“We are hard pressed on every side, but not crushed; perplexed, but not in despair; persecuted, but not abandoned; struck down, but not destroyed.” – II Corinthians 4:8-9
This passage captures for me what has been a very challenging month. If you remember, I left you last trying to find a new way to battle the cancer that is threatening to overtake my body. Bumped from the Prostvac trial due to having been on chemo, I had hoped that a treatment called Provenge would be of help. This treatment involves removing white blood cells from my body, shipping them to a laboratory in Atlanta to supercharge them to fight my cancer better, then returning them to Tallahassee and to my body (that last step is key, I believe). It is a promising treatment, but it takes time to gain results. Apparently, time I do not have.
I had a nuclear bone scan as well as CT scans done recently. The bone scan (showing how much cancer is on my bones after my Xofigo treatment) was very encouraging. Here is a before and after comparison for you:
< Before Xofigo After Xofigo >
I’ve always tried to be transparent with you and this is further proof! I hope you can see that Xofigo has done an amazing job of getting the cancer off of my skeletal system. I continue to have minimal to no bone pain – a miracle with metastatic cancer on my bones. My body (and I) are so grateful for these last six months of pain-free living. The challenge, though, came with the CT scan. It shows my cancer most likely spreading to other parts of my body. That, along with a rapidly rising PSA, new (different) pain and increased fatigue, spells trouble.
How to fight back? Even without Provenge, the good news is we have options – a growing number from even a year ago. The challenge is we do not know which option would work best for me. Chemo is always out there, smiling at me seductively, inviting me back again. But it wasn’t hard to say no to her this time. Instead, we are going with a drug called Xtandi. The bottle you see below is $7,450 for a month’s supply – thank you Capital Health Plan for covering this for me!
Ignore the “Chemotherapy Drug” statement on the bag. It is not true. Please God, do not let it be true. Xtandi is designed to slow down the growth of my cancer by, instead, further suppressing the male hormones in my body. Did I say, “further suppress”? Is that even medically possible? Apparently so, as I shake my head in dismay. Will it work? We won’t know until I’ve been on it for a month or two. The exciting part is that it comes with the potential for some interesting side effects, including suddenly becoming a blithering idiot and driving to far away states for no apparent reason. I will start Xtandi tomorrow, so if you see me in North Dakota please bring me home.
Let’s be frank, shall we? What I have been doing for the last year is dodging death, and this last month opens up a new front in the battle. But so far, so good. I am still alive and kicking! A friend told me that I have almost died so many times (near drowning, 12,000 volt electrocution, almost 50 years of insulin injections, setting myself on fire (don’t ask), a tree falling on me, etc), that cancer couldn’t kill me either. He thinks it will be space junk reentering the atmosphere that takes me out. Comforting.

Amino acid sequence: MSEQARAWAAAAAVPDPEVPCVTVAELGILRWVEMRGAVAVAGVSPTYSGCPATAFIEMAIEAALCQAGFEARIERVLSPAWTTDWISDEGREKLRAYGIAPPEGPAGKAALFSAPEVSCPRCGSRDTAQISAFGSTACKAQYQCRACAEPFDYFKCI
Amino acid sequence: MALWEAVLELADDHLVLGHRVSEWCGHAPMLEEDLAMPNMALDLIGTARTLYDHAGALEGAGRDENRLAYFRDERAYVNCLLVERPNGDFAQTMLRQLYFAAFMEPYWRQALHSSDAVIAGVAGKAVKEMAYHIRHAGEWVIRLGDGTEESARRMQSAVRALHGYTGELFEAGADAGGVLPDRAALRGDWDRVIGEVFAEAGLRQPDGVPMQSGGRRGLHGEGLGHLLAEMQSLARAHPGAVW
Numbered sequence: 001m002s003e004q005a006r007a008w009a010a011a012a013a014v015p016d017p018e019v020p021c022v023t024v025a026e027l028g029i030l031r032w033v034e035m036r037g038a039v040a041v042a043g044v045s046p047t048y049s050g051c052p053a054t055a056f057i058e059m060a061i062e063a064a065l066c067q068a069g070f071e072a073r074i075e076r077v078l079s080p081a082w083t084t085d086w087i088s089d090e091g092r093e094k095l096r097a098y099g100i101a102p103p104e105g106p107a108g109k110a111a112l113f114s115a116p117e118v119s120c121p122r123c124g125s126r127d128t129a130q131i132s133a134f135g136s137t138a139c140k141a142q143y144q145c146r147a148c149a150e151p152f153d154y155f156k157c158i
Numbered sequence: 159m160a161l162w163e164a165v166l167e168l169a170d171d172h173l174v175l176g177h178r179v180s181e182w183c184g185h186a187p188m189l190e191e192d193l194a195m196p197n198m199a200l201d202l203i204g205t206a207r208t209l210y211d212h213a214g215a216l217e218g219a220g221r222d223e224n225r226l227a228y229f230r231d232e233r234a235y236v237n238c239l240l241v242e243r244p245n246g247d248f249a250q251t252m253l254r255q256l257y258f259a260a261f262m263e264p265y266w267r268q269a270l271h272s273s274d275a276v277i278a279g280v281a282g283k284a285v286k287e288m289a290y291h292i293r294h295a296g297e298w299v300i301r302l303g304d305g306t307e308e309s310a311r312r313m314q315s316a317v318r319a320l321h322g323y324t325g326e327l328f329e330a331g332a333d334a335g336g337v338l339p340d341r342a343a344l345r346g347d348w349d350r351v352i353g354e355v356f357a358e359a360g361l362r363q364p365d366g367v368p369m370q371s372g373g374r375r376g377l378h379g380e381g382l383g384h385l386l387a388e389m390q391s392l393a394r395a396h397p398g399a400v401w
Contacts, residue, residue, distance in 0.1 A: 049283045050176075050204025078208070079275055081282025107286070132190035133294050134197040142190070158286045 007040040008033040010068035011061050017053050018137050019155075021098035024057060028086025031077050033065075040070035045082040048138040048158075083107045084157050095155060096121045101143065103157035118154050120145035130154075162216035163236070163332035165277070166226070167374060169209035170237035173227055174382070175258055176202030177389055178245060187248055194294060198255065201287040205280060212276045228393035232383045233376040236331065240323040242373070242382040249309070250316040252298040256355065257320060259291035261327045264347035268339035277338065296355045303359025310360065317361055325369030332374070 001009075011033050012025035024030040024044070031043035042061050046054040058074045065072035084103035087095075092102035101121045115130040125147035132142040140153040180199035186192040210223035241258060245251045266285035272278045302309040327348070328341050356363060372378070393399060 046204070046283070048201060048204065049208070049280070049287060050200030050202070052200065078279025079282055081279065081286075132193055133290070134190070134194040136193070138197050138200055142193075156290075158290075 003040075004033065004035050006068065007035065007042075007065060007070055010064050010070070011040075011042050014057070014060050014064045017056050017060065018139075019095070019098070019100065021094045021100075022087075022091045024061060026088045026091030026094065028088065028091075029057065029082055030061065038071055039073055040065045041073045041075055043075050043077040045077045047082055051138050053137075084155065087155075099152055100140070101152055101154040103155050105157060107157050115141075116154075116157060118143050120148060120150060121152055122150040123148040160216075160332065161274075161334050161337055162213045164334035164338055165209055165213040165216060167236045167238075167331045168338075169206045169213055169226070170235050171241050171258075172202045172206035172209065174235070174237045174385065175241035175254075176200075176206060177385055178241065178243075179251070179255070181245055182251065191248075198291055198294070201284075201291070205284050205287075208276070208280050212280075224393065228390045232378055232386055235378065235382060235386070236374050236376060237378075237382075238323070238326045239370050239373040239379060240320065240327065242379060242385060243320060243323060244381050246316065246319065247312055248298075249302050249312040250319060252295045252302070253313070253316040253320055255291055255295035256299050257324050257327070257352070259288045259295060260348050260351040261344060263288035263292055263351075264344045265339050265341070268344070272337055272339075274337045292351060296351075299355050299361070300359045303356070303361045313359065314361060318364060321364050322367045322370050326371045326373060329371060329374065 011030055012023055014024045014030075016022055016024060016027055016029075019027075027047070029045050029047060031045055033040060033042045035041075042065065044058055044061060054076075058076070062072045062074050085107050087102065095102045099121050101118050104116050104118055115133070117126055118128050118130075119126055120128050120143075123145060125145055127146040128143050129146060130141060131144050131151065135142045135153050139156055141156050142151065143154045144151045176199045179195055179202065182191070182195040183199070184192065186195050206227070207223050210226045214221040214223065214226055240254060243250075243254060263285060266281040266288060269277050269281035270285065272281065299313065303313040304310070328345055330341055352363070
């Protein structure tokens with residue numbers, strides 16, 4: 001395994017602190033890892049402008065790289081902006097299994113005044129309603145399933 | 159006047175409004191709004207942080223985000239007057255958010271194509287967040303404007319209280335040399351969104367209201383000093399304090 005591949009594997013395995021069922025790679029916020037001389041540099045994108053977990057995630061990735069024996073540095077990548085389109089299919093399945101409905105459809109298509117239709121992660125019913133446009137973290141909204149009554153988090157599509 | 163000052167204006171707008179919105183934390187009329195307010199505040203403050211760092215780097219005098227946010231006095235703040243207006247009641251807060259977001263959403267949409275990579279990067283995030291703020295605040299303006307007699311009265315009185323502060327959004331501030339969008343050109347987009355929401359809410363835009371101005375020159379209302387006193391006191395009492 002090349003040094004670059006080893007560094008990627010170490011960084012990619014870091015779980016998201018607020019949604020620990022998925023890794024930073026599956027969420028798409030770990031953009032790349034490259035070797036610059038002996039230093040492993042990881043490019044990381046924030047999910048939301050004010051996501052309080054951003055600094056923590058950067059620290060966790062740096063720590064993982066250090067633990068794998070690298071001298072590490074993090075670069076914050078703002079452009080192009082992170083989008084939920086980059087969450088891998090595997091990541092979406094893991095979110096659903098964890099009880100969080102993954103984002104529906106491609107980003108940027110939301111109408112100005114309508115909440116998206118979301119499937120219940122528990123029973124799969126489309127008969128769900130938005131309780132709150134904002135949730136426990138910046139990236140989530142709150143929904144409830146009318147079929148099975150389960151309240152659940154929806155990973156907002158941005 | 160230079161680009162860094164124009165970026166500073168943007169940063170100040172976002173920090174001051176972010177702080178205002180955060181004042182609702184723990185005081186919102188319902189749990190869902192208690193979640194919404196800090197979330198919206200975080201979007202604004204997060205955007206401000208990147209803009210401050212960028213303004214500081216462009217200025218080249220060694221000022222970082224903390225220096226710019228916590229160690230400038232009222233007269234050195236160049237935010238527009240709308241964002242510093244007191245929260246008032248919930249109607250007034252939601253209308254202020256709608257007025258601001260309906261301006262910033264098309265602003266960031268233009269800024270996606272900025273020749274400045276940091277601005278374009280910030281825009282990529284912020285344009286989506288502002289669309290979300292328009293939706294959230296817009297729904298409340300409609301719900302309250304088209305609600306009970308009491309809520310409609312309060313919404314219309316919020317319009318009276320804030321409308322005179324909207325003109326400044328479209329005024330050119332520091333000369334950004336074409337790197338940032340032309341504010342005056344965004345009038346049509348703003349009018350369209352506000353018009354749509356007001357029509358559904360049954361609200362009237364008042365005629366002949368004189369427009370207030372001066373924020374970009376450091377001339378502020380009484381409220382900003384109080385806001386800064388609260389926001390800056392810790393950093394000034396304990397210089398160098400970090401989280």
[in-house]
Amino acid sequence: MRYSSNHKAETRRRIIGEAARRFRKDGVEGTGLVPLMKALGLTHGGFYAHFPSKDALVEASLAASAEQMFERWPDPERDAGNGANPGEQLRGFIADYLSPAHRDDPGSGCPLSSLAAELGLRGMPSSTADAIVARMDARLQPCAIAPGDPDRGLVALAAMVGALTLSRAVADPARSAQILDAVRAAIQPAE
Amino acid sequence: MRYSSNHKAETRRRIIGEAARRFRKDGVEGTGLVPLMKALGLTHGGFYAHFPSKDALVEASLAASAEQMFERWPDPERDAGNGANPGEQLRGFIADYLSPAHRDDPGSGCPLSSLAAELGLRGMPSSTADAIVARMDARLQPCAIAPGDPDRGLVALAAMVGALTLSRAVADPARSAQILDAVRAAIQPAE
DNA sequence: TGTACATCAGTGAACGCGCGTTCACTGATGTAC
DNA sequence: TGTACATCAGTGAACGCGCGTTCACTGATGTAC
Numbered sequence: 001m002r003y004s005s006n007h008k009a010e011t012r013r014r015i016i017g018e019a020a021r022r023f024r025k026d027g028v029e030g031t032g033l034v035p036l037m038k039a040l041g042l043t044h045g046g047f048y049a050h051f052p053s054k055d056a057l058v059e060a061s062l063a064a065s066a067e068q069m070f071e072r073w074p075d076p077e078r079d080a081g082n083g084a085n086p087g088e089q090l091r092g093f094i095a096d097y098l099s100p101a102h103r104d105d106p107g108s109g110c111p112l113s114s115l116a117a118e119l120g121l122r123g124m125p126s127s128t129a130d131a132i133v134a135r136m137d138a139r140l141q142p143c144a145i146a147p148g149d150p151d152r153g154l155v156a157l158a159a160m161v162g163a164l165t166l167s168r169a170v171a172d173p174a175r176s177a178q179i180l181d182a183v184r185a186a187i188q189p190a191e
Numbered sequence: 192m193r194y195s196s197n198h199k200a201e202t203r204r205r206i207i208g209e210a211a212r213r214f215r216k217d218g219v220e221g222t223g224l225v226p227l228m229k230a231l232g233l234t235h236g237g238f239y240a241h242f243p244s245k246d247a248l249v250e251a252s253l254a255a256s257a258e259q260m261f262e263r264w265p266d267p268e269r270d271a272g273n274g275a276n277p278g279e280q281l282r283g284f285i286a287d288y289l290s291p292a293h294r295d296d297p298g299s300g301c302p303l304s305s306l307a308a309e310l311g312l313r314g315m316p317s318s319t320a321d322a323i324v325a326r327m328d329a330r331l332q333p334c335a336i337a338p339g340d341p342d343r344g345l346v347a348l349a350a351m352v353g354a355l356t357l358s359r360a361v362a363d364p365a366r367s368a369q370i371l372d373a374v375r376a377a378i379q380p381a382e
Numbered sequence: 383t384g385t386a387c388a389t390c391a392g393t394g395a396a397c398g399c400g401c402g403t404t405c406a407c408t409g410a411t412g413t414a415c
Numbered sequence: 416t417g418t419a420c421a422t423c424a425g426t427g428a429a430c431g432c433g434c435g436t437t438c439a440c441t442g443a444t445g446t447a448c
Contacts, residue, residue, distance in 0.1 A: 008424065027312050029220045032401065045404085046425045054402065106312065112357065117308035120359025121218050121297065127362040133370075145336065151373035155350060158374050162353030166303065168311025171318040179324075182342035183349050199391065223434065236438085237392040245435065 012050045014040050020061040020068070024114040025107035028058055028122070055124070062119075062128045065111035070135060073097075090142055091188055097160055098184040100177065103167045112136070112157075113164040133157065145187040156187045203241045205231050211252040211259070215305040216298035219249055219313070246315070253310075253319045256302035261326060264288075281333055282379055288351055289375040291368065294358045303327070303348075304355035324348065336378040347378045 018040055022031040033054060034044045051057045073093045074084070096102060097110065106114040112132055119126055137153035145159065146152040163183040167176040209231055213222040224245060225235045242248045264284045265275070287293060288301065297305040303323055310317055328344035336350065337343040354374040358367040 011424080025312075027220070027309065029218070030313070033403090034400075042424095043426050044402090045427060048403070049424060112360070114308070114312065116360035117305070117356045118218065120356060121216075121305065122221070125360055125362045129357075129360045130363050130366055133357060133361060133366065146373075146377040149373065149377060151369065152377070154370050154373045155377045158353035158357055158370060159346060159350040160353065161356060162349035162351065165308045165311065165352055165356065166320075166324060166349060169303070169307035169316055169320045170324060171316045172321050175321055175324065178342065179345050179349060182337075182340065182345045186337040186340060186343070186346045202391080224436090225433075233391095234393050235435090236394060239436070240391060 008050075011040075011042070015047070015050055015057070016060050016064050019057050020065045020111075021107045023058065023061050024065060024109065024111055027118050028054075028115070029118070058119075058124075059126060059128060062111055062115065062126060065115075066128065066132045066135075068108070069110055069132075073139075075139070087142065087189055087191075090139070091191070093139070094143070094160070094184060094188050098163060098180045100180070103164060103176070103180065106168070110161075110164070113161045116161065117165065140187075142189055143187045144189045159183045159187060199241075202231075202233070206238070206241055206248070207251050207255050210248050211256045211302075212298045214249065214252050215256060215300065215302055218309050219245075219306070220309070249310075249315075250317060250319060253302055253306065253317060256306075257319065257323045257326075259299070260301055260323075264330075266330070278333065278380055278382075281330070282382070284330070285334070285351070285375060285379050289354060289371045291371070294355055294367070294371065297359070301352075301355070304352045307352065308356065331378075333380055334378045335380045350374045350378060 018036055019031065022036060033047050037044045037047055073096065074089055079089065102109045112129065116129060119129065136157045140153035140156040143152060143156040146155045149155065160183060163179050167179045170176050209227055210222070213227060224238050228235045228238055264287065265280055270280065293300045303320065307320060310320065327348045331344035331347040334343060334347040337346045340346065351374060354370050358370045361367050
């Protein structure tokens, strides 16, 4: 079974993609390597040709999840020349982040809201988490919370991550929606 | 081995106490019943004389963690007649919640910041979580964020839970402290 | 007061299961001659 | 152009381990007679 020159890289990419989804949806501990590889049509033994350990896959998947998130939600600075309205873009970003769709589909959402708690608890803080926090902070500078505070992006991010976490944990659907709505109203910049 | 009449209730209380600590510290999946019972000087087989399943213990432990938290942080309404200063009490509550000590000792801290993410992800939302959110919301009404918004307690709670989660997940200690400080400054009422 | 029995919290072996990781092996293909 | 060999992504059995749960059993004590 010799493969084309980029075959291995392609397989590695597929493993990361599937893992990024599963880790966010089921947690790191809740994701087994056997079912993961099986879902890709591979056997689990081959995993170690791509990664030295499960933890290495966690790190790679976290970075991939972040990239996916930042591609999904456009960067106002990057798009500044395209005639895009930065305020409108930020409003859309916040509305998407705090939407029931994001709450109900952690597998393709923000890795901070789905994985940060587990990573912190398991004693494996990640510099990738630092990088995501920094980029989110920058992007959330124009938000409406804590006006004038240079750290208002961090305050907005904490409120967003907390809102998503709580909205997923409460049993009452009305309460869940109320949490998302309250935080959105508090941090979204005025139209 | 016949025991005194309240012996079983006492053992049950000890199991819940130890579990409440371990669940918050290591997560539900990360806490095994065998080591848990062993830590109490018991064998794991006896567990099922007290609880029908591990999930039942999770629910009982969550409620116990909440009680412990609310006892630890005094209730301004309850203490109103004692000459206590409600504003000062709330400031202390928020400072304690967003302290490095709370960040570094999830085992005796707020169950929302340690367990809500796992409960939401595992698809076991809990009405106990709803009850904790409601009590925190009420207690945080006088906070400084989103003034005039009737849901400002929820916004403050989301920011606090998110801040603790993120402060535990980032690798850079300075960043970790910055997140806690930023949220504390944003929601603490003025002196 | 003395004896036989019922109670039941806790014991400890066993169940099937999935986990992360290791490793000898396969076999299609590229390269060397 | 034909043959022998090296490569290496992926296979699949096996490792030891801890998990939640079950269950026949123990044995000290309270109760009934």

How am I feeling about this latest news? Am I ever afraid? Every day. Angry, too. I have a lot of reasons to not die anytime soon. None of this makes sense, but life seldom does. Courage is required. Great courage. And even more important – faith. God may choose to do another “Xofigo miracle” for me. So don’t count me out yet. But even if He doesn’t, I still believe He has a better plan for me than I do for myself. Call me crazy, but I would rather trust Him, not me.
I understand that how we live our lives matter. Facing death with courage matters. Fighting back, no matter what the odds, matters. With your support and prayers, I will continue to fight this thing, even as we open a new front in this war. Cancer wants my body, but I will NEVER give it my heart. Time to man up for another round and fight this damn thing. If I go down, I want to be shooting back. I want my cancer to say, “Who is this guy?” And I want the answer to be, “A man who is trusting Someone greater than himself.”
“Courage is not the absence of fear, but the triumph over it. The brave man is not he who does not feel afraid, but he who conquers that fear.” – Nelson Mandela
We are way beyond clichés and platitudes here, folks. If you have an easy answer to all this, I’m not interested. I am so glad the Apostle Paul also faced difficulties in life that were beyond his ability to endure; that brought him to the point of despairing of life itself. It takes courage to admit you are up against something that feels like the sentence of death. His example of engaging God with the full brunt of his emotions and pain is freeing. It liberates me to be a human being. From there it calls me to a crazy faith that says the proper response to suffering is not to be stoic or a victim, but rather to forsake self-reliance altogether. In this battle, my trust is in the God who can do anything – including raising the dead.
“We do not want you to be uninformed, brothers and sisters, about the troubles we experienced in the province of Asia. We were under great pressure, far beyond our ability to endure, so that we despaired of life itself. Indeed, we felt we had received the sentence of death. But this happened that we might not rely on ourselves but on God, who raises the dead.” – II Corinthians 1:8-9
This is what I am learning: to find the courage to fight this battle, I must rely upon the strength of the One who has already suffered all things on my behalf and whose purposes for me are always loving and good.
To my friend who asked if I was ever afraid:
“Courage is being scared to death . . . . and saddling up anyway.” – John Wayne